That’s true. It’s funny looking at some of the paintings here that are now worth half a million and how many of them used to be slung in my old Saab. Back then pieces just weren’t worth that kind of money. They were worth 250 quid, so it’s quite weird how people change their perceptions. But to me they’re still 250 quid paintings!
How do you think his work’s progressed?
I think his street work has become a lot more political and targeted. Even though we haven’t spoken in a decade, I still follow what he’s doing. He doesn’t seem to do as many paintings any more, and if he does, I think they are commissioned to come out of the studio. Back then, there were corrupted oils and stencils in each show he did. He owned the zeitgeist and there was a kind of visceral energy to what he brought.
So you guys haven’t spoken in a decade…
We went our separate ways, but we’d worked together for a long time. Like many gallery and artist relationships, it’s quite intense, and we wanted to do different things. Instead of fighting every day, we decided to go our separate ways. But I had the absolute time of my life.
(LEFT) Venus, 2006. Courtesy of Lazinc
(RIGHT) Vettriano Beach Rescue, 2005. Courtesy of Lazinc
Venus, 2006. Courtesy of Lazinc
Vettriano Beach Rescue, 2005. Courtesy of Lazinc
What’s your favourite image from the exhibition?
I’d say it was the “Avon and Somerset Constabulary”. It’s such an underrated piece of work. It also speaks volumes about why he became anonymous in the first place, which is because he was prolific across the streets of Bristol and was constantly being chased by the Avon and Somerset constabulary. It’s one of the earliest pieces I remember seeing of his.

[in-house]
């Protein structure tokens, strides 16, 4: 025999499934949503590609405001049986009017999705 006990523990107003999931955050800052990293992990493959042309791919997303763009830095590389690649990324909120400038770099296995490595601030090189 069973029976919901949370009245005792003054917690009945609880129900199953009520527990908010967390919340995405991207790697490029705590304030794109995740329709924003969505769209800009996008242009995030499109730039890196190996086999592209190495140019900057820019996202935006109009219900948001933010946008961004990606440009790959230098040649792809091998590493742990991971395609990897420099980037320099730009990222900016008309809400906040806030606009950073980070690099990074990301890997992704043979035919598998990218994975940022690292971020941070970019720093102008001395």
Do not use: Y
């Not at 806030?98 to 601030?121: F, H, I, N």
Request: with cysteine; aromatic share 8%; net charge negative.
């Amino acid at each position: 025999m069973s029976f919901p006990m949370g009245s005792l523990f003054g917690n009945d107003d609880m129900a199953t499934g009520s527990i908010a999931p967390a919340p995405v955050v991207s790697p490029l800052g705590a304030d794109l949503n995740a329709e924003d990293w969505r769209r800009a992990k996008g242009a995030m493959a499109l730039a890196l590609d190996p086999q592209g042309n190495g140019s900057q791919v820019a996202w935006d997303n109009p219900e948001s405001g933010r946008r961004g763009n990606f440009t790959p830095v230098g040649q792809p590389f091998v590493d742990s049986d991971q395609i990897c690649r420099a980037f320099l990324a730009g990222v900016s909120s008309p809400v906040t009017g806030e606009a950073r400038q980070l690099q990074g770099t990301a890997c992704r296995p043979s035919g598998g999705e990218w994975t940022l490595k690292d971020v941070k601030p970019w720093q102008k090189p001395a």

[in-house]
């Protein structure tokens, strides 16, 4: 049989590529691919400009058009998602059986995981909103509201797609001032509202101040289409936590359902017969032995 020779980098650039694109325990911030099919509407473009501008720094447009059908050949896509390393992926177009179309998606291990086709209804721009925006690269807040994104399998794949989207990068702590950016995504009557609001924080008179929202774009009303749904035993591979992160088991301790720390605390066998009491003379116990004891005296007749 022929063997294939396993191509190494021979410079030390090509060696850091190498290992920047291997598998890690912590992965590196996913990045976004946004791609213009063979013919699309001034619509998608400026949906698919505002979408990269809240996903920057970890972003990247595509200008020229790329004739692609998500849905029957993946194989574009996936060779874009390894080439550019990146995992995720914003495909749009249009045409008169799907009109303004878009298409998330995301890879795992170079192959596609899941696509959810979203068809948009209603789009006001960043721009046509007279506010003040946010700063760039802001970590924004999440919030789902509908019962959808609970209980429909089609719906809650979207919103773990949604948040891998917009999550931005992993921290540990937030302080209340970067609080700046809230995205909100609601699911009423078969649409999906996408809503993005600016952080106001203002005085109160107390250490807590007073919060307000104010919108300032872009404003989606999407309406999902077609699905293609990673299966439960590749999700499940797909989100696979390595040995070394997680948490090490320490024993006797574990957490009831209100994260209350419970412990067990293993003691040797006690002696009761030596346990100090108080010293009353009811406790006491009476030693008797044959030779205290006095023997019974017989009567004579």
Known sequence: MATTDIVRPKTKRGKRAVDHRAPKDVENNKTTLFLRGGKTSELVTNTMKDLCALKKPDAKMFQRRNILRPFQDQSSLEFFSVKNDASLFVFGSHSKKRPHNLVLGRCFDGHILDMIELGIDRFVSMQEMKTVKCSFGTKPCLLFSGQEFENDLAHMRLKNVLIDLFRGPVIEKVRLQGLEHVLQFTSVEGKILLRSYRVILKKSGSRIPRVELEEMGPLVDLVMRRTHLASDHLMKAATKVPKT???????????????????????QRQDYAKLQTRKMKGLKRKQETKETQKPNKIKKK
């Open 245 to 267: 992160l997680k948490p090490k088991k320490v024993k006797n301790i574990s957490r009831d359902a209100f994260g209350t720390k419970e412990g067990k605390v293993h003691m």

How do you think street art’s changed?
Fifteen years ago, we were getting chased out of everywhere we went. Fast-forward 15 years and you’ve got property developers ponying up walls for street artists to use. I think it’s ruined the movement. Artists who were painting 15 years ago were willing to risk their liberty to put those works on the street, and it took a certain type of person who was willing to do that. And they had a much more political, visceral angle. Now you now get your weekend warriors coming out, who can hire a cherry-picker, paint a photorealistic mural and take as long as they want. You go to places like Melbourne, the self-confessed street art capital of the world, and it looks awful. You’ve got a street where there are 50 pieces banged up next to each other, each jarring with the other one. And I don’t understand why people aren’t saying more politically. The two biggest artists in the world, JR and Banksy, both are ploughing a very strong political message.